The Mandala Ultimatum
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Joined Sep 18, '17 


So, this is my attempt at a first-surface painted mandala. I wanted to try to achieve a gradient from a pure blue to a pure green, I think it went well. I’m fairly new to paint mixing and color theory, so this has been an interesting learning experience.

This is the third mandala in this series, links to the others are below if you haven’t seen them yet. It’s different from the blue one in that I didn’t paint the edges, I’m trying to find that sweet spot between vibrant custom colors and labor. This was a good result, but it has some pluses and minuses as compared to the cardstock method.

A quick breakdown on the two methods.


  • Truly custom colors
  • Messy (prepare your workspace thoroughly, you need a lot of room)
  • Slow (drying time, multiple coats, etc)
  • Correctable. If you nick the paint or smudge it, you can mix it up and repaint part or all of it.
  • Imprecise if you’re mixing your own colors. It’s definitely an art to match colors and make a nice gradient, if that’s your goal.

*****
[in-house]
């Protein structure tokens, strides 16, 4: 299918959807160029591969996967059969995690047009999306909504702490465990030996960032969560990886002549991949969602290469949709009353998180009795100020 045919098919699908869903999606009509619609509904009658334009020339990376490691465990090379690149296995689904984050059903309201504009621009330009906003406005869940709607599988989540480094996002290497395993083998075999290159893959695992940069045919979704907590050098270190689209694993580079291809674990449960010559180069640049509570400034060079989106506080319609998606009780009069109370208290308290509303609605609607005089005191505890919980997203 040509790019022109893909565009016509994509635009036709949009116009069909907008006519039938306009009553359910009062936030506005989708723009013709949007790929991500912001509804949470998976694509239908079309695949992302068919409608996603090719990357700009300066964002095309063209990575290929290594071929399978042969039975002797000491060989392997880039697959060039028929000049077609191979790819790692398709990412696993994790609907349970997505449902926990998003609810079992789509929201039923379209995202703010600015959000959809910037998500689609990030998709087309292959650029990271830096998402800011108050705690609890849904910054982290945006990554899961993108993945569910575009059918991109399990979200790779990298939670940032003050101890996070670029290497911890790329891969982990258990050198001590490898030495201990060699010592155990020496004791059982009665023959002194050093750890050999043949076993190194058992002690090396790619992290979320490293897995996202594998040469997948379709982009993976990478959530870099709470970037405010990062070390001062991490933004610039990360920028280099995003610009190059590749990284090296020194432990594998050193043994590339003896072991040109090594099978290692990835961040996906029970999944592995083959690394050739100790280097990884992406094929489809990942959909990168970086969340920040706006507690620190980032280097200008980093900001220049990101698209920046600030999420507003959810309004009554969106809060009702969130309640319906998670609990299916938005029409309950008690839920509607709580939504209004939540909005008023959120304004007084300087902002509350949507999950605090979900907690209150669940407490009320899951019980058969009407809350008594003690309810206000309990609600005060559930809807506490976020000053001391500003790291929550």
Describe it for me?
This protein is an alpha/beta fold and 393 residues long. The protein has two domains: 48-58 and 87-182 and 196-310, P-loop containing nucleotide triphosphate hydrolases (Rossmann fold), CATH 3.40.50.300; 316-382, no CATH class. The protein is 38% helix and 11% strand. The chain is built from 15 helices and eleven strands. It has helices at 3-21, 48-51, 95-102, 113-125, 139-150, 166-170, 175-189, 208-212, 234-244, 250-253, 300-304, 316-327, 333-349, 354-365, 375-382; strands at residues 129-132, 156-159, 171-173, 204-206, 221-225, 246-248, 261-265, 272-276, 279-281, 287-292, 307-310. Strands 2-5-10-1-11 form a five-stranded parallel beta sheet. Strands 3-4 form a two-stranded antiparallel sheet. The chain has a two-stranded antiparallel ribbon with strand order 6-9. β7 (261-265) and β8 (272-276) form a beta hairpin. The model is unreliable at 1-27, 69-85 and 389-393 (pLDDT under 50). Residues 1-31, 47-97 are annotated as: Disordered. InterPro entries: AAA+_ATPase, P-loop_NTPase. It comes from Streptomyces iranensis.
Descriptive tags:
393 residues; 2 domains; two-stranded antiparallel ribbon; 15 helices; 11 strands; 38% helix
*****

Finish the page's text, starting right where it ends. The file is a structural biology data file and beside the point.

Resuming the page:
• Locked into colors of cardstock that you have on hand
  • Very vibrant colors are possible, there are lots of cardstock types and finishes available
  • Faster than paint overall, the glue up and drying process is faster than the paint process, especially if you are mixing custom colors.
  • Less correctable compared to paint. If you damage the cardstock you can blow part or even all of the entire project

So, what would I recommend? I mean either is very good, the end result of paint and cardstock is very similar – the darker edges versus painted edges makes a much larger difference. I will say that peeling the masking off of the cardstock or painted panels is such a pleasure, it made me laugh at the bright colors every single time. It’s a very satisfying project.

What’s next? I’ve got ideas about incorporating motion into these, using mixed media to paint them, using metallics, experimenting with higher contrast techniques, experimenting with painting specific areas different colors, using acrylic as the primary material, even projection mapping. The sky is the limit.



(Quick note, the blues and greens are very pure, this next pic makes it look purple-ish, and there is not a hint of red in this whole thing. Trick of the camera and white balance.) Still it’s a good look at the details, so I’ll put it up anyway.


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